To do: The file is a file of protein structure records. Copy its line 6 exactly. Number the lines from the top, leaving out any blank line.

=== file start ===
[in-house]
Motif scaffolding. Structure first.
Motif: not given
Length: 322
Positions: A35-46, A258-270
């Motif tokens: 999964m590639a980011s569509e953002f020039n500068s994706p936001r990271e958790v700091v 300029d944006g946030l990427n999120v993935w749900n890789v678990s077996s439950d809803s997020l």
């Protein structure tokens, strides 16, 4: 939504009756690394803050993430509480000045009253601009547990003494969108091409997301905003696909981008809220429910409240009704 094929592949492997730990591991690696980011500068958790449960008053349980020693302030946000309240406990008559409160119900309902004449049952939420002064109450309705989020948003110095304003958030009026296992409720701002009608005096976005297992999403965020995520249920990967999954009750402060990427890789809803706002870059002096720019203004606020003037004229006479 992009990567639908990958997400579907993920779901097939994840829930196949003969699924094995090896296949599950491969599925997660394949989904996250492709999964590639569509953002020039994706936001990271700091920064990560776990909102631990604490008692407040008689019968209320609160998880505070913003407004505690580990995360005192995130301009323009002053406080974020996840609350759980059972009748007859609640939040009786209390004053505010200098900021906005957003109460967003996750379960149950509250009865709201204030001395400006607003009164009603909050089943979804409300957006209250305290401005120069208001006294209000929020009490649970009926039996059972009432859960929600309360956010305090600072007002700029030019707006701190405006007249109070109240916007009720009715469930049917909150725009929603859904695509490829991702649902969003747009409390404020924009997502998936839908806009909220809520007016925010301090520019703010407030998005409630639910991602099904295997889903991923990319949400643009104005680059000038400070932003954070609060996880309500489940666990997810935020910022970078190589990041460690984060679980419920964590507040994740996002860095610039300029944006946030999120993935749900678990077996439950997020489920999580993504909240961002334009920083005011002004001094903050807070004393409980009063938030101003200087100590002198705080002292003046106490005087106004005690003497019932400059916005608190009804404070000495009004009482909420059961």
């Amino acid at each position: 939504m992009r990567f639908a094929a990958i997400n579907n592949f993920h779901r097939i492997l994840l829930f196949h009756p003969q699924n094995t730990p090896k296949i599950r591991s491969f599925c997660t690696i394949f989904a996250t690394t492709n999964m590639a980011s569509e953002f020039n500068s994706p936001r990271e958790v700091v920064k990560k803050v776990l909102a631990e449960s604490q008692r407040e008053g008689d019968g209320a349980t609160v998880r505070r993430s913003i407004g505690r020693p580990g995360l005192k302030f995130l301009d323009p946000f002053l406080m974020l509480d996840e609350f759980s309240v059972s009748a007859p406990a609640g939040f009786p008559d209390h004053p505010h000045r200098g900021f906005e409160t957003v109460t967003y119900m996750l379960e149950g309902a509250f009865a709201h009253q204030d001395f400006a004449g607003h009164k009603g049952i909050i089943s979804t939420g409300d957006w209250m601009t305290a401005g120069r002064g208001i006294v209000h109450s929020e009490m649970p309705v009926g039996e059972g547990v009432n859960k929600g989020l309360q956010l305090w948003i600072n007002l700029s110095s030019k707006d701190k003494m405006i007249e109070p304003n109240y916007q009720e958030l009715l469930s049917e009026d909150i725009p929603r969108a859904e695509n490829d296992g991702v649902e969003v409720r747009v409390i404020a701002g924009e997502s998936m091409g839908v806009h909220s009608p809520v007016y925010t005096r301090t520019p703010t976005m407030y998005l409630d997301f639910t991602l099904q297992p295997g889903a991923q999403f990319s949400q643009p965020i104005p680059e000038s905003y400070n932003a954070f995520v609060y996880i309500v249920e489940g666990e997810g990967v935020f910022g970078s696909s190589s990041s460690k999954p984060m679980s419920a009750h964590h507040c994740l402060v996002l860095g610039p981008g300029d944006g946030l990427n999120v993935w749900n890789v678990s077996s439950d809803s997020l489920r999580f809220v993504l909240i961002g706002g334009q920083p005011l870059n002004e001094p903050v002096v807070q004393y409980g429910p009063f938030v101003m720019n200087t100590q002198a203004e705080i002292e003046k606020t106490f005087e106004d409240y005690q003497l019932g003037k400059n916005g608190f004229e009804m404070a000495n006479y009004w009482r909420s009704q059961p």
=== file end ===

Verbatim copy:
């Motif tokens: 999964m590639a980011s569509e953002f020039n500068s994706p936001r990271e958790v700091v 300029d944006g946030l990427n999120v993935w749900n890789v678990s077996s439950d809803s997020l």